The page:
47. A consent judgment is a judicial act whereby a Court has adjudicated a plaintiff's right of recovery. Pope v. United States, 323 U.S. 1, 12, 65 S. Ct. 16, 22, 89 L. Ed. 3 (1944); A.D. Juilliard & Co. v. Johnson, 166 F. Supp. 577 (S.D.N.Y.1957), aff'd, 259 F.2d 837 (2d Cir.1958), cert. denied, 359 U.S. 942, 79 S. Ct. 723, 3 L. Ed. 2d 676 (1959). Furthermore, "a consent judgment is a conclusive adjudication and has the same force and effect as a judgment after trial." Prudential Lines, Inc. v. Firemen's Ins. Co. of Newark, 91 A.D.2d 1, 3, 457 N.Y.S.2d 272, 274 (1st Dept.1982).

48. A consent judgment is to be interpreted as a contract between the parties and is constrained by traditional contract principles. Securities and Exch. Comm'n v. Levine, 881 F.2d 1165, 1179 (2d Cir.1989). A court construing a consent judgment is not entitled to expand or contract the agreement of the parties as set forth in the Consent Judgment. Securities and Exch., 881 F.2d at 1179.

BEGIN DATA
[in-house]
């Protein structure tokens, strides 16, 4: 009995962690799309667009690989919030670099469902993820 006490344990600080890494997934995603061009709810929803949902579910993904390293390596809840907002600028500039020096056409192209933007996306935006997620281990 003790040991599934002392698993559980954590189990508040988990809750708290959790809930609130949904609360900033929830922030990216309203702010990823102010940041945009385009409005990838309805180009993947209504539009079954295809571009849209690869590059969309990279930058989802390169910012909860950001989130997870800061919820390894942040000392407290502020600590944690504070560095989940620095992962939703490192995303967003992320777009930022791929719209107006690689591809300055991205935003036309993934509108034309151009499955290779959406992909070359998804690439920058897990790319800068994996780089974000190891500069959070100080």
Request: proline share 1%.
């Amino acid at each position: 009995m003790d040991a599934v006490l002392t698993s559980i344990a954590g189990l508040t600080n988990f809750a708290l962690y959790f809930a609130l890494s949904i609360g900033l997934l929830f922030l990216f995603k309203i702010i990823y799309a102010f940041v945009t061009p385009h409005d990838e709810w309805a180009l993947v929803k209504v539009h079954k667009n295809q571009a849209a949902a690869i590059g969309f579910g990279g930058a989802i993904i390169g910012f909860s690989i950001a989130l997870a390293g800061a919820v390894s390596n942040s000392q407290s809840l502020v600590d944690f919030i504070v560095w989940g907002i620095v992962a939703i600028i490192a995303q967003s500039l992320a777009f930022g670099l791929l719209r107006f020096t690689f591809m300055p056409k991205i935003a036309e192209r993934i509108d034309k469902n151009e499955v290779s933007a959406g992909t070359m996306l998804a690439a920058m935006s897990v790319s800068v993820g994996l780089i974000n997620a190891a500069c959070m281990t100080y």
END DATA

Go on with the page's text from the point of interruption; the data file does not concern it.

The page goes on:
49. Under New York contract law, if a contract is unambiguous, extrinsic evidence is not admissible to affect its interpretation. Metropolitan Life Ins. Co. v. RJR Nabisco, Inc., 906 F.2d 884, 889 (2d Cir. *1511 1990). The language of a contract is unambiguous if it has "a definite and precise meaning, unattended by danger of misconception in the purport of the [contract] itself and concerning which there is no reasonable basis for a difference of opinion." Metropolitan Life, 906 F.2d at 889. Conversely, under New York contract law, an ambiguous word or phrase is defined as: